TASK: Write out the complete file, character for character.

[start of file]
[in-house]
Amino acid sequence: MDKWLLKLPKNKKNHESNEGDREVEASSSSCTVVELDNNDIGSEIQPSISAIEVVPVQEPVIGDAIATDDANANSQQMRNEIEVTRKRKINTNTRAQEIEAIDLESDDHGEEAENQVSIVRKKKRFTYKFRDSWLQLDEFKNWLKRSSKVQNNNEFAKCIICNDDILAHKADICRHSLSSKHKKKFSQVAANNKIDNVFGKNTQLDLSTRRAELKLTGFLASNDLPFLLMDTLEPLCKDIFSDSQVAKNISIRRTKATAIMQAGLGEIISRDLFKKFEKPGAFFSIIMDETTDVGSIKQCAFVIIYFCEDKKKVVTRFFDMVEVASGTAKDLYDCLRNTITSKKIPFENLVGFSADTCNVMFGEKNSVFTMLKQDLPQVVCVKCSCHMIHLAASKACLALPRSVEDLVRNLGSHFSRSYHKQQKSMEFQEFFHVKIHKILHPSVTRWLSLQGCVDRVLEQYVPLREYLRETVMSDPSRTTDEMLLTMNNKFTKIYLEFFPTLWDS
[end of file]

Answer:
[in-house]
Amino acid sequence: MDKWLLKLPKNKKNHESNEGDREVEASSSSCTVVELDNNDIGSEIQPSISAIEVVPVQEPVIGDAIATDDANANSQQMRNEIEVTRKRKINTNTRAQEIEAIDLESDDHGEEAENQVSIVRKKKRFTYKFRDSWLQLDEFKNWLKRSSKVQNNNEFAKCIICNDDILAHKADICRHSLSSKHKKKFSQVAANNKIDNVFGKNTQLDLSTRRAELKLTGFLASNDLPFLLMDTLEPLCKDIFSDSQVAKNISIRRTKATAIMQAGLGEIISRDLFKKFEKPGAFFSIIMDETTDVGSIKQCAFVIIYFCEDKKKVVTRFFDMVEVASGTAKDLYDCLRNTITSKKIPFENLVGFSADTCNVMFGEKNSVFTMLKQDLPQVVCVKCSCHMIHLAASKACLALPRSVEDLVRNLGSHFSRSYHKQQKSMEFQEFFHVKIHKILHPSVTRWLSLQGCVDRVLEQYVPLREYLRETVMSDPSRTTDEMLLTMNNKFTKIYLEFFPTLWDS